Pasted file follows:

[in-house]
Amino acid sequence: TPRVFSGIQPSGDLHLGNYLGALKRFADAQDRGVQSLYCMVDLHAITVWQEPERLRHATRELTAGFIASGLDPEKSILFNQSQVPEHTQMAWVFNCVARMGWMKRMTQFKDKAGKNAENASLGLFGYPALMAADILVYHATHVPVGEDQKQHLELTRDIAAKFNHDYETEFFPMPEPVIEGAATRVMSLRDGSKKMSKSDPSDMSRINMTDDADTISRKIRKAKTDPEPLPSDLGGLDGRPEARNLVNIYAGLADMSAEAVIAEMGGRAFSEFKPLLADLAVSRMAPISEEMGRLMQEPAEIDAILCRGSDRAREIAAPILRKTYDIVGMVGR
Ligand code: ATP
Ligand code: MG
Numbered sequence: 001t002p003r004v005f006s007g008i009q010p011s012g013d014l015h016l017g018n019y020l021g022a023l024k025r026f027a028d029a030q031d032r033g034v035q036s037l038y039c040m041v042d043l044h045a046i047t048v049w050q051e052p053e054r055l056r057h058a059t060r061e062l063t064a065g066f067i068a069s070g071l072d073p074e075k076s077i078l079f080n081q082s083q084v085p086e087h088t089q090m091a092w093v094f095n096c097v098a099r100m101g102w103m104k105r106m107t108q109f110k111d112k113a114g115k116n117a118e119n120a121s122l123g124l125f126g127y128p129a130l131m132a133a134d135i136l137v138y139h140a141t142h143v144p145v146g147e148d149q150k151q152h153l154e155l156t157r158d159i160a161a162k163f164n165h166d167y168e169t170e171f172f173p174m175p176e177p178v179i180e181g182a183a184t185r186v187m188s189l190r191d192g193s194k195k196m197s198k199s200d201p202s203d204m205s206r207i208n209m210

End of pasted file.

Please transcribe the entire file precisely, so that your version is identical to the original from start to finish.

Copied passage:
[in-house]
Amino acid sequence: TPRVFSGIQPSGDLHLGNYLGALKRFADAQDRGVQSLYCMVDLHAITVWQEPERLRHATRELTAGFIASGLDPEKSILFNQSQVPEHTQMAWVFNCVARMGWMKRMTQFKDKAGKNAENASLGLFGYPALMAADILVYHATHVPVGEDQKQHLELTRDIAAKFNHDYETEFFPMPEPVIEGAATRVMSLRDGSKKMSKSDPSDMSRINMTDDADTISRKIRKAKTDPEPLPSDLGGLDGRPEARNLVNIYAGLADMSAEAVIAEMGGRAFSEFKPLLADLAVSRMAPISEEMGRLMQEPAEIDAILCRGSDRAREIAAPILRKTYDIVGMVGR
Ligand code: ATP
Ligand code: MG
Numbered sequence: 001t002p003r004v005f006s007g008i009q010p011s012g013d014l015h016l017g018n019y020l021g022a023l024k025r026f027a028d029a030q031d032r033g034v035q036s037l038y039c040m041v042d043l044h045a046i047t048v049w050q051e052p053e054r055l056r057h058a059t060r061e062l063t064a065g066f067i068a069s070g071l072d073p074e075k076s077i078l079f080n081q082s083q084v085p086e087h088t089q090m091a092w093v094f095n096c097v098a099r100m101g102w103m104k105r106m107t108q109f110k111d112k113a114g115k116n117a118e119n120a121s122l123g124l125f126g127y128p129a130l131m132a133a134d135i136l137v138y139h140a141t142h143v144p145v146g147e148d149q150k151q152h153l154e155l156t157r158d159i160a161a162k163f164n165h166d167y168e169t170e171f172f173p174m175p176e177p178v179i180e181g182a183a184t185r186v187m188s189l190r191d192g193s194k195k196m197s198k199s200d201p202s203d204m205s206r207i208n209m210